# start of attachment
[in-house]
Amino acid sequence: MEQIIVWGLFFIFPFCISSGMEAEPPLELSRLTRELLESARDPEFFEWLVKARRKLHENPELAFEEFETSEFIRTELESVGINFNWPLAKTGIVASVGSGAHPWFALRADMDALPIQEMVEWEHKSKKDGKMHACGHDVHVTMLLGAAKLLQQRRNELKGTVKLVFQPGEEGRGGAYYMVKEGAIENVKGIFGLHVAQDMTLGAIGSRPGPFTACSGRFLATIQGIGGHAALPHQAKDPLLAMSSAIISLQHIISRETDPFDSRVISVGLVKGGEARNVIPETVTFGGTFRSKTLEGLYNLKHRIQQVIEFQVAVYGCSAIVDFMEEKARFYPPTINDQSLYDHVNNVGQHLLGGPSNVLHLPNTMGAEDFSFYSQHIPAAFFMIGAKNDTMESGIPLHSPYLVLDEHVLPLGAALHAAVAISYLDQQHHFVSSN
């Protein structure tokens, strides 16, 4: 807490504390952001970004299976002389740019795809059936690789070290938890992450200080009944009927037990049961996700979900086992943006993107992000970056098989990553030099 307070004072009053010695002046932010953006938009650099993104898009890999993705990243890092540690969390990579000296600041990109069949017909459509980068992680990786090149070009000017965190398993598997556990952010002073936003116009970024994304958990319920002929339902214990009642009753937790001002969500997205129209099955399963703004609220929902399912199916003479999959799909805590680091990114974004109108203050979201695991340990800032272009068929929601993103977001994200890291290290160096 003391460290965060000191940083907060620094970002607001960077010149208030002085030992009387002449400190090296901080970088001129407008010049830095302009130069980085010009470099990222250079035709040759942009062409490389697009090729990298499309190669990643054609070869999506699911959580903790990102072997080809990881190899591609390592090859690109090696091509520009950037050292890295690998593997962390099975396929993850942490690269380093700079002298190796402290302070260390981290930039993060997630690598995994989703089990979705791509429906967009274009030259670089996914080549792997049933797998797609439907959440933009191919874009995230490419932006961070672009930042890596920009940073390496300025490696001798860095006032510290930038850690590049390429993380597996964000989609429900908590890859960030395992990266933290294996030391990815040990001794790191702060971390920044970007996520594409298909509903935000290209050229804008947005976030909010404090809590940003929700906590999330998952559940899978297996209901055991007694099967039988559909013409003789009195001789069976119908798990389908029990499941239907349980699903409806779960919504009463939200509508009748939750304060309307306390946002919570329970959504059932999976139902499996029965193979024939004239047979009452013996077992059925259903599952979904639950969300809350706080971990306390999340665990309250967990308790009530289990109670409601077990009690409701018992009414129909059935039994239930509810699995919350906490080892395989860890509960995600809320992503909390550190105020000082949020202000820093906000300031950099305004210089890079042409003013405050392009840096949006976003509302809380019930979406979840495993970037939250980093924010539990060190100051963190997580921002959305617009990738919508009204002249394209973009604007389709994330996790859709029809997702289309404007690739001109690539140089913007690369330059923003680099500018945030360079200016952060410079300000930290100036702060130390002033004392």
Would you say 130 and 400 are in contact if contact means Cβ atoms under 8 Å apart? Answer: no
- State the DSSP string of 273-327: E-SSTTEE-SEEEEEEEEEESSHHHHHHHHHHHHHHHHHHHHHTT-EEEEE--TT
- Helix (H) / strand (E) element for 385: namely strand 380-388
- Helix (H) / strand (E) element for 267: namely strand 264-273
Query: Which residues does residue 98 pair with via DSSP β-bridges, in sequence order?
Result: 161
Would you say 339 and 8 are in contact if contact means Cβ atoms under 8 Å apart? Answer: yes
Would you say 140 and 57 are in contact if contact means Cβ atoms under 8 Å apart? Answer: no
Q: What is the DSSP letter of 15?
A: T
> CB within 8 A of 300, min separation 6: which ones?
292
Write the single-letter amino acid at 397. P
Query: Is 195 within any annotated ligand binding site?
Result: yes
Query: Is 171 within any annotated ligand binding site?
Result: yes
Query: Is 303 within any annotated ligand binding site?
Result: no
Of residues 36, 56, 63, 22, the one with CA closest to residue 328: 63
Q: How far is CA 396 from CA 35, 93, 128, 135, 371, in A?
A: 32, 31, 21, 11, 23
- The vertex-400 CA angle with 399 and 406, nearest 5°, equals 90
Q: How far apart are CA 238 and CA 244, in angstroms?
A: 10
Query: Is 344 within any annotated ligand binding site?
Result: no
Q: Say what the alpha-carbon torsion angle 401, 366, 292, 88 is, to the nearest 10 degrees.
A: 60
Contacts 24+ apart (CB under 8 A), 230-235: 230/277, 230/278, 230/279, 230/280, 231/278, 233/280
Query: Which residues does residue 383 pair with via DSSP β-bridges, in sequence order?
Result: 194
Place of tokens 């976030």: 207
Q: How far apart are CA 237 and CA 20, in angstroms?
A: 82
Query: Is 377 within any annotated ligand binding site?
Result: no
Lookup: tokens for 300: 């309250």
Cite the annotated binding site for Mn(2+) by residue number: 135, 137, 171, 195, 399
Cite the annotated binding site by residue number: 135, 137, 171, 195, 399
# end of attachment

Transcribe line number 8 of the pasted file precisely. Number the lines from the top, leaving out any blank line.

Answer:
Query: Which residues does residue 98 pair with via DSSP β-bridges, in sequence order?